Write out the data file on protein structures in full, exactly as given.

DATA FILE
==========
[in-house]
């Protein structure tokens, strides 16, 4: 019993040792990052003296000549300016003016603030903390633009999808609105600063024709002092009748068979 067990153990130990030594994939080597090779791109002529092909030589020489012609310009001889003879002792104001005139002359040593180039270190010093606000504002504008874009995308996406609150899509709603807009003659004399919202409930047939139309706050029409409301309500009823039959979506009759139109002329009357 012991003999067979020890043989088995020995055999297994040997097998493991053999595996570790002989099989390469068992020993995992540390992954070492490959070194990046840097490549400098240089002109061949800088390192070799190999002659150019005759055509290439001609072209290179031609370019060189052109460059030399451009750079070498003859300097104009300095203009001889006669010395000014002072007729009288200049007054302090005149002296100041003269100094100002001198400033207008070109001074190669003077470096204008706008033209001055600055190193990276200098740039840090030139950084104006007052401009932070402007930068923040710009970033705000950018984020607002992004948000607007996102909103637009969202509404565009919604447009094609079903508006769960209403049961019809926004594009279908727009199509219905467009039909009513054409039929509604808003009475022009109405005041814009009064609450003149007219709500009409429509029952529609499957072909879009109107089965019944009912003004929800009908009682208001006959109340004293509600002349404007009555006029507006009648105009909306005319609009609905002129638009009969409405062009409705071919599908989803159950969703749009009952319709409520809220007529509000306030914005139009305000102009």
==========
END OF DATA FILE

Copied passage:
[in-house]
């Protein structure tokens, strides 16, 4: 019993040792990052003296000549300016003016603030903390633009999808609105600063024709002092009748068979 067990153990130990030594994939080597090779791109002529092909030589020489012609310009001889003879002792104001005139002359040593180039270190010093606000504002504008874009995308996406609150899509709603807009003659004399919202409930047939139309706050029409409301309500009823039959979506009759139109002329009357 012991003999067979020890043989088995020995055999297994040997097998493991053999595996570790002989099989390469068992020993995992540390992954070492490959070194990046840097490549400098240089002109061949800088390192070799190999002659150019005759055509290439001609072209290179031609370019060189052109460059030399451009750079070498003859300097104009300095203009001889006669010395000014002072007729009288200049007054302090005149002296100041003269100094100002001198400033207008070109001074190669003077470096204008706008033209001055600055190193990276200098740039840090030139950084104006007052401009932070402007930068923040710009970033705000950018984020607002992004948000607007996102909103637009969202509404565009919604447009094609079903508006769960209403049961019809926004594009279908727009199509219905467009039909009513054409039929509604808003009475022009109405005041814009009064609450003149007219709500009409429509029952529609499957072909879009109107089965019944009912003004929800009908009682208001006959109340004293509600002349404007009555006029507006009648105009909306005319609009609905002129638009009969409405062009409705071919599908989803159950969703749009009952319709409520809220007529509000306030914005139009305000102009």